The Sangam Age : Early History of South India

The Megalithic cultures, dated between 1200BC-300BC, of early history of South India was followed by the Sangam Age. Megalithic people followed agro-pastoral activities for their livelihood.

The Sangam Age points to that period in the early history of South India when large numbers of poems in Tamil were written by many authors. The term ‘Sangam’, here, indicates to an assembly or “meeting together” of Tamil poets. According to traditional history, three assemblies were convened one after another. All these three Sangams took place under the patronage of th Pandaya Kings of Madurai, at different places.

The Sangam Literature, belonging to the period from 300BC to 300 AD, records early history of South India. In fact the most remarkable feature of the Sangam literature is its vivid description of the contemporary society and culture of Tamilaham or Tamil region and its harmonious and peaceful interaction with the Aryan (northern) culture. Poems representing the Sangam Literature were authored on two broader themes of love and war. Later, it was put together in eight collections named Ettutogai.

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Political condition of the Sangam Age

Tamilaham, the region between the hills of Tirupati and the tip of Kanyakumari, was divided amongst large number of chieftains and the chieftainship was hereditary. The most famous and significant chieftains who established their domination during the Sangam Age were the Cholas who had their capital of Uraiyarpur; the Cheras who had their capital at Vanji (near karur); and Pandyas with their capital at Madurai. As the Cholas, Pandyas and Chiras had many subordinate chiefs, the main sources of their revenue were tribute along with plunder from these subordinate chiefs.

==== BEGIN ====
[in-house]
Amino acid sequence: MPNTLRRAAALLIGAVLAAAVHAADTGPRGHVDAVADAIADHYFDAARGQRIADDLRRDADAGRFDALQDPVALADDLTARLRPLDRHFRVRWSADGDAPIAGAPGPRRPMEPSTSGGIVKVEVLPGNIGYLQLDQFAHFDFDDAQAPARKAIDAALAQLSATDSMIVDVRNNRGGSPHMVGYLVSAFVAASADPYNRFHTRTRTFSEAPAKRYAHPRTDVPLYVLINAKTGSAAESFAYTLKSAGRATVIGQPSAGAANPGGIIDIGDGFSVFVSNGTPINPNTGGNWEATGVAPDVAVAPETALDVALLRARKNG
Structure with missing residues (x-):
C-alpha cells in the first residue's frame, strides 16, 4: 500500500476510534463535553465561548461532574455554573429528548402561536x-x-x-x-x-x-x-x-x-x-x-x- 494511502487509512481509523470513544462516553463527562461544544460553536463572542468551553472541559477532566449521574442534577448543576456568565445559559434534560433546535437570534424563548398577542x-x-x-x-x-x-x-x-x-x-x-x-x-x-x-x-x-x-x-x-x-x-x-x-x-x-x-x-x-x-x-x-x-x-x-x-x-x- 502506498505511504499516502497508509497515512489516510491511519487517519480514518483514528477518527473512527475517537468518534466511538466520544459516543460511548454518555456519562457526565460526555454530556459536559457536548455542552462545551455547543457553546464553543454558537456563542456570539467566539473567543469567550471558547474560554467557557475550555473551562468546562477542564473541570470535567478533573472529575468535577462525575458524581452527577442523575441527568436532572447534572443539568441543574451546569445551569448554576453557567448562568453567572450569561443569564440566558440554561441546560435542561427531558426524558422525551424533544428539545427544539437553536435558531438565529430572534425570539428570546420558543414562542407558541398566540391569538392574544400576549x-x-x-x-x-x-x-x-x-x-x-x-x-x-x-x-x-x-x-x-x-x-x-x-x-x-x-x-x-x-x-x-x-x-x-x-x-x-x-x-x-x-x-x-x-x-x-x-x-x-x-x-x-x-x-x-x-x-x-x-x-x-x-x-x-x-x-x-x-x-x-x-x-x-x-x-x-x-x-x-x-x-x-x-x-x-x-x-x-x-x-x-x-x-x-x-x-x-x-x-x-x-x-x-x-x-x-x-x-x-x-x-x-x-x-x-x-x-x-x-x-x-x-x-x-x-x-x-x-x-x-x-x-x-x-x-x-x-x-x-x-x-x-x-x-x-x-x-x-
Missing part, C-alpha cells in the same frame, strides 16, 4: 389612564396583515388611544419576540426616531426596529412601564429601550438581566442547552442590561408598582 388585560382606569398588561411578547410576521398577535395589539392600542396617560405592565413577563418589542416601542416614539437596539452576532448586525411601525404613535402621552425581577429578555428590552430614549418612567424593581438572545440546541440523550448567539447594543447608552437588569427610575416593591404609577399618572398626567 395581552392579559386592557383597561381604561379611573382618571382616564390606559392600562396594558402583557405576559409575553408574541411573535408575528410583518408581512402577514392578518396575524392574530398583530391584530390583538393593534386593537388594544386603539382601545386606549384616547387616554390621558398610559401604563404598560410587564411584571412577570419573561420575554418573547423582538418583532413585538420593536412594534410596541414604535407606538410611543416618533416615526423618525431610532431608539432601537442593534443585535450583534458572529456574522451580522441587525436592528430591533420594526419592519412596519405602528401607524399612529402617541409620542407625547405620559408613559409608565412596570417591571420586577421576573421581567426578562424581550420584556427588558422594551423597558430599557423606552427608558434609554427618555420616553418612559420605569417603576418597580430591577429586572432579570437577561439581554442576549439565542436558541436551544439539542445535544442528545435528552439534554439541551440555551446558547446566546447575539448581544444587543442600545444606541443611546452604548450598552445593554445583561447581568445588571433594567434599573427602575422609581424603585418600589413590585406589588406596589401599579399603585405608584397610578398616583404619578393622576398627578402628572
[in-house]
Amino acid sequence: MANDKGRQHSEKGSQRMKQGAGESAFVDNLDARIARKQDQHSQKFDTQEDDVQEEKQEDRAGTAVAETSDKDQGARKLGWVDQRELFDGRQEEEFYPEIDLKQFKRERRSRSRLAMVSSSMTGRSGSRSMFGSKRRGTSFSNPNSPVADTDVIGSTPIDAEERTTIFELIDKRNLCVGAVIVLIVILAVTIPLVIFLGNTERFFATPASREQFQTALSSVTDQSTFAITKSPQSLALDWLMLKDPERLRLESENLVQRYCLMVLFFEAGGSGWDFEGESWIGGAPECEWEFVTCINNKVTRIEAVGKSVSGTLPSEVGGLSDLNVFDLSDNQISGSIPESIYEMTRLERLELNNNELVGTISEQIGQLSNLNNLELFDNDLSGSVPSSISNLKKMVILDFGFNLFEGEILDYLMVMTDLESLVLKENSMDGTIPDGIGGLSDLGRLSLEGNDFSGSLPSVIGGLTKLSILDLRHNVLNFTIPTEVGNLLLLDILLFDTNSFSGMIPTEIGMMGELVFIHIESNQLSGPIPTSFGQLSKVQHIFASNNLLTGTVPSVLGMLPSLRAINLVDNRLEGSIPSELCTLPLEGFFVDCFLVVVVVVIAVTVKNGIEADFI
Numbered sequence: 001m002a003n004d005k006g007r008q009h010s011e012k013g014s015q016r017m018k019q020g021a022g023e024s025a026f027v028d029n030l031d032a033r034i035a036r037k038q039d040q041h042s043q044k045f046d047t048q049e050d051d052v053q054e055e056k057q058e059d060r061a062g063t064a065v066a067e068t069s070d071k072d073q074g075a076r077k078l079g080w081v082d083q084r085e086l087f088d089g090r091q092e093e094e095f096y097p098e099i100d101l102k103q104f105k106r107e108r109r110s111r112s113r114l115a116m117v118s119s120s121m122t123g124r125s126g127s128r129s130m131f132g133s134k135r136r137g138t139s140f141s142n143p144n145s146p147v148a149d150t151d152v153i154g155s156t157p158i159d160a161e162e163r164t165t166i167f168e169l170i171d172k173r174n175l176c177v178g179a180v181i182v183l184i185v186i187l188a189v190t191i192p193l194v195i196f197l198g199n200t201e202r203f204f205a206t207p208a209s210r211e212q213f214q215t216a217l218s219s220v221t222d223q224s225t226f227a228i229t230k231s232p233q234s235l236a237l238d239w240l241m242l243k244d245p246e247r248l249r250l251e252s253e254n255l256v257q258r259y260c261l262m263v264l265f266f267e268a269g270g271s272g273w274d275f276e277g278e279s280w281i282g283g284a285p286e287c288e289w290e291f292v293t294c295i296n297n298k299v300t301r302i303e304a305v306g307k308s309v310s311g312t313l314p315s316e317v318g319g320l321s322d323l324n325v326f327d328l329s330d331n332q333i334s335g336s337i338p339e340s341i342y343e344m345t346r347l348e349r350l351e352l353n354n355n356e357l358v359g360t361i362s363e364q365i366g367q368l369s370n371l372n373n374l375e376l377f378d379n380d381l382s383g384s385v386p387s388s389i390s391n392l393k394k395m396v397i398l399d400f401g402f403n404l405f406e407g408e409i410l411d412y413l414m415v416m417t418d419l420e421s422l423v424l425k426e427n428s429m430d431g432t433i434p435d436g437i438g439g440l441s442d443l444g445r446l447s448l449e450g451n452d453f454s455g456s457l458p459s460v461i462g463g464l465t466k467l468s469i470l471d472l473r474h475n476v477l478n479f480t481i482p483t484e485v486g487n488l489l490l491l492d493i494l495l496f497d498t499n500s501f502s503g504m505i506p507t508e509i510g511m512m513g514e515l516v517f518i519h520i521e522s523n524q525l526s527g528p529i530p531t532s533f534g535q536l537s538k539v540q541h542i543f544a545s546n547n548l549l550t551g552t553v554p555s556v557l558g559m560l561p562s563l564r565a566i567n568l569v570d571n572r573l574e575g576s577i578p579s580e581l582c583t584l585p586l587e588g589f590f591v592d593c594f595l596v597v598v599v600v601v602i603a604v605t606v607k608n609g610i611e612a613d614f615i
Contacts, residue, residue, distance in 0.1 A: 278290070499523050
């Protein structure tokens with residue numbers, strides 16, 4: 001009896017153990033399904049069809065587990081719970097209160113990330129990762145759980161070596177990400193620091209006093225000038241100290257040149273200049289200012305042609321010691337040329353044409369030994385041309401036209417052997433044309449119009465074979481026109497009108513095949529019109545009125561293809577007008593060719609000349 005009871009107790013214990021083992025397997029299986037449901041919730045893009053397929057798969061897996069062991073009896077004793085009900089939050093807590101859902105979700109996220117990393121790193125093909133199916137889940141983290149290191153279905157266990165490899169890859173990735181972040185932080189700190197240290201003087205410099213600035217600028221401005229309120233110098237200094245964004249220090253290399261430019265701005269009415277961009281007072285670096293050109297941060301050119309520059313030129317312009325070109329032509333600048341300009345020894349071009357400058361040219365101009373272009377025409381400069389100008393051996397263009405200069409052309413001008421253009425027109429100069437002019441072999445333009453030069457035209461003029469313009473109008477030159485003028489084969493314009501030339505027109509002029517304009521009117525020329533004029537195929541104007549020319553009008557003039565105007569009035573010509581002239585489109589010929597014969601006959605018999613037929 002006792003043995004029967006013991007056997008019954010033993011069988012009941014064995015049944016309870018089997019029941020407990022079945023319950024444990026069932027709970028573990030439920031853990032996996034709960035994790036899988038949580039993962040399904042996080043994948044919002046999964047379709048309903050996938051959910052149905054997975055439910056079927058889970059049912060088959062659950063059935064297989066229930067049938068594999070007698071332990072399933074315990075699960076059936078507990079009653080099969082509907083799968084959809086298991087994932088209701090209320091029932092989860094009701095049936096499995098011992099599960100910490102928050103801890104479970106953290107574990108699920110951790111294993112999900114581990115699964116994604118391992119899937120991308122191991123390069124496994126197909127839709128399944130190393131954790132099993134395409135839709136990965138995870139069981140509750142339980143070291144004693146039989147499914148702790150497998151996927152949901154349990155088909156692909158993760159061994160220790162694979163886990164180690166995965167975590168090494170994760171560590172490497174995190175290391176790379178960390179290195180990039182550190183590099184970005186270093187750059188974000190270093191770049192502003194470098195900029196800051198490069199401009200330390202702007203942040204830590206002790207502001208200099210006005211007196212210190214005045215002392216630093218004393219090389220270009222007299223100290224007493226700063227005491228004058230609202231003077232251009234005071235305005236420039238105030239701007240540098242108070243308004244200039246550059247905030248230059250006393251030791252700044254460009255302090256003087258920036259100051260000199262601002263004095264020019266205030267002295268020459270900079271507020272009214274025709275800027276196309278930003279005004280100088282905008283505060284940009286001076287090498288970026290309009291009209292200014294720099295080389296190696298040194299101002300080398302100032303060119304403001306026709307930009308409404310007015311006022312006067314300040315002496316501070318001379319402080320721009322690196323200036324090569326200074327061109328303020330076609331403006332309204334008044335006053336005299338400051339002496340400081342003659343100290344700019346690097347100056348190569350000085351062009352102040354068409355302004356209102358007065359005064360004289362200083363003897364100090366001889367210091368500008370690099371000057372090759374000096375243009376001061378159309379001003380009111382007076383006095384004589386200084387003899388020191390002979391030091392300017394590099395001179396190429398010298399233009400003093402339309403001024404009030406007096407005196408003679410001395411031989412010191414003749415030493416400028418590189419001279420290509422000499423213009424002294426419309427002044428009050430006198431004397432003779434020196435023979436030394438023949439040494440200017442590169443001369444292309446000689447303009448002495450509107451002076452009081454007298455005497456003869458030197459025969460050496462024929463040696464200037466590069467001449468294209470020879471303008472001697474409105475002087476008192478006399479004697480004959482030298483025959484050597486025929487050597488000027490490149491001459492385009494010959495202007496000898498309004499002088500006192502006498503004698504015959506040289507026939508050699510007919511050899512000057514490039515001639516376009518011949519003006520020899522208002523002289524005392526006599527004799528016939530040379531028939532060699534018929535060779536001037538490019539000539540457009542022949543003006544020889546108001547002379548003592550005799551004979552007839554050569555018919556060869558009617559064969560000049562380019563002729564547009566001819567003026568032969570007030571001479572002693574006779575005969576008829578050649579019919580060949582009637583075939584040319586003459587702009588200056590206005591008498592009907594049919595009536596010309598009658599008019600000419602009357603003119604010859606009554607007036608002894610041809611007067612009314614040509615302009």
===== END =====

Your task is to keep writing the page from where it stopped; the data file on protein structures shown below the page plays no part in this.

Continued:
In the Sangam Age the entire Tamilaham was separated into five tinias (eco-zones). These zones were based on their economic resources as it is obvious from the name. They were: Karinji (hilly region); Palai (arid zone); mullai (pastoral tracts); marudam (wet lands); and neital (seacoast).

These zones were scattered all around the region and not clearly demarcated. People belonging to different tinias had their own methods of subsistence that were based on their different geographical context and ecological specialties. For instance, in kurunji, people were dependent on hunting and gathering for their subsistence; in Palai people were dependent on raiding and plundering because they could not produce anything; in mullai people were dependent on the practice of animal husbandry; in marudam it was plaugh agriculture; and in neital the main occupations of people were fishing and salt making.